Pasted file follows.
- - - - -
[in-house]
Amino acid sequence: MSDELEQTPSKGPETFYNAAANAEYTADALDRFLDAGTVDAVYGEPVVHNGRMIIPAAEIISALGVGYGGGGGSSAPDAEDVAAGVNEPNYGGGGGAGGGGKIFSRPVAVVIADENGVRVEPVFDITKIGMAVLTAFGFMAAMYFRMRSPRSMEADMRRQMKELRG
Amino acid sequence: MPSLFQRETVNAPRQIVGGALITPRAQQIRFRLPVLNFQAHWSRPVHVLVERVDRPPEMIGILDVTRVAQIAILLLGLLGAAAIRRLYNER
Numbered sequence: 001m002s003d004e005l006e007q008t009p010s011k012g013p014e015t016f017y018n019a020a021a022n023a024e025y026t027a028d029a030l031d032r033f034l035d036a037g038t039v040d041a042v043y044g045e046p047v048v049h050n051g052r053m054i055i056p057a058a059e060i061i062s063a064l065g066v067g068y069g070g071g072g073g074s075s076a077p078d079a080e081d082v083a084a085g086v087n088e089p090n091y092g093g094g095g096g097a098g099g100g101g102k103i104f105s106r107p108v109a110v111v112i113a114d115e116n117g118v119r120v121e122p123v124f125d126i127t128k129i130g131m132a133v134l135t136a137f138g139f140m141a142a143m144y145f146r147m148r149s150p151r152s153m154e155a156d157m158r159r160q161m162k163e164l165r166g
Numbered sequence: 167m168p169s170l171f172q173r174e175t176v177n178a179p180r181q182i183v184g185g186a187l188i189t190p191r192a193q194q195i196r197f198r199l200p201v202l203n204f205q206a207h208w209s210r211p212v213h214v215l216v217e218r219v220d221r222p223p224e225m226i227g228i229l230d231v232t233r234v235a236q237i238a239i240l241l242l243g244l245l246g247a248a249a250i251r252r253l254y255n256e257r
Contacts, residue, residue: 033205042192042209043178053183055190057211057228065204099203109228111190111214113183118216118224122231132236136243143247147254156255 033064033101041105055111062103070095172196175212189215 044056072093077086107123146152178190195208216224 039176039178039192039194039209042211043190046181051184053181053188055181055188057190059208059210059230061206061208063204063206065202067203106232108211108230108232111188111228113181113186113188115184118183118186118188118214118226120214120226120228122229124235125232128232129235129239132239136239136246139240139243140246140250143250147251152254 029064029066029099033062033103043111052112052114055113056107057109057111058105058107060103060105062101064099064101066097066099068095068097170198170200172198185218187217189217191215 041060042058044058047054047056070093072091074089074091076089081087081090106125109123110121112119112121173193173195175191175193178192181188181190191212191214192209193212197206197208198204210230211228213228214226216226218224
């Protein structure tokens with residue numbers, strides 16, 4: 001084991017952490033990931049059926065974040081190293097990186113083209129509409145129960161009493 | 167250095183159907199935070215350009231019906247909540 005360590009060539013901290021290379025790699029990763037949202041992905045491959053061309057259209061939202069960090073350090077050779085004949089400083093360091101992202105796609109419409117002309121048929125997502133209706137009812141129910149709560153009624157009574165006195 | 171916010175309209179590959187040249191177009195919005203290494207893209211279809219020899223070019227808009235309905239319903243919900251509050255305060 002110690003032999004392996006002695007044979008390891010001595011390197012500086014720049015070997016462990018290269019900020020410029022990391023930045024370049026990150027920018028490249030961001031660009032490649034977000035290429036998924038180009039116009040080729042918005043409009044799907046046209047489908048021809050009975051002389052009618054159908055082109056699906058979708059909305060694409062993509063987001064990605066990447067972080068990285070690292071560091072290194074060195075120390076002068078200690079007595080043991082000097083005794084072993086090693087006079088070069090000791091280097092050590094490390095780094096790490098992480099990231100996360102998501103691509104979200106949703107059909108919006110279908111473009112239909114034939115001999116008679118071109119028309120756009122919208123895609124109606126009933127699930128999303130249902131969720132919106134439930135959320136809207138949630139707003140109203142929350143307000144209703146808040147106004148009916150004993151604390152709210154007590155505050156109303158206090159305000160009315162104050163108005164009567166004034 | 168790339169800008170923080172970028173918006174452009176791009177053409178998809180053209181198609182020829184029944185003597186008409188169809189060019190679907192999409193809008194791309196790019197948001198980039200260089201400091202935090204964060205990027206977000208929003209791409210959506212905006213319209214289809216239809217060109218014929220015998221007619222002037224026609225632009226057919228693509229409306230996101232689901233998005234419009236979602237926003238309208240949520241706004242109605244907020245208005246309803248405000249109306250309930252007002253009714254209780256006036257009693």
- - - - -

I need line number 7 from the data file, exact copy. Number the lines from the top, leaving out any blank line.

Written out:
């Protein structure tokens with residue numbers, strides 16, 4: 001084991017952490033990931049059926065974040081190293097990186113083209129509409145129960161009493 | 167250095183159907199935070215350009231019906247909540 005360590009060539013901290021290379025790699029990763037949202041992905045491959053061309057259209061939202069960090073350090077050779085004949089400083093360091101992202105796609109419409117002309121048929125997502133209706137009812141129910149709560153009624157009574165006195 | 171916010175309209179590959187040249191177009195919005203290494207893209211279809219020899223070019227808009235309905239319903243919900251509050255305060 002110690003032999004392996006002695007044979008390891010001595011390197012500086014720049015070997016462990018290269019900020020410029022990391023930045024370049026990150027920018028490249030961001031660009032490649034977000035290429036998924038180009039116009040080729042918005043409009044799907046046209047489908048021809050009975051002389052009618054159908055082109056699906058979708059909305060694409062993509063987001064990605066990447067972080068990285070690292071560091072290194074060195075120390076002068078200690079007595080043991082000097083005794084072993086090693087006079088070069090000791091280097092050590094490390095780094096790490098992480099990231100996360102998501103691509104979200106949703107059909108919006110279908111473009112239909114034939115001999116008679118071109119028309120756009122919208123895609124109606126009933127699930128999303130249902131969720132919106134439930135959320136809207138949630139707003140109203142929350143307000144209703146808040147106004148009916150004993151604390152709210154007590155505050156109303158206090159305000160009315162104050163108005164009567166004034 | 168790339169800008170923080172970028173918006174452009176791009177053409178998809180053209181198609182020829184029944185003597186008409188169809189060019190679907192999409193809008194791309196790019197948001198980039200260089201400091202935090204964060205990027206977000208929003209791409210959506212905006213319209214289809216239809217060109218014929220015998221007619222002037224026609225632009226057919228693509229409306230996101232689901233998005234419009236979602237926003238309208240949520241706004242109605244907020245208005246309803248405000249109306250309930252007002253009714254209780256006036257009693």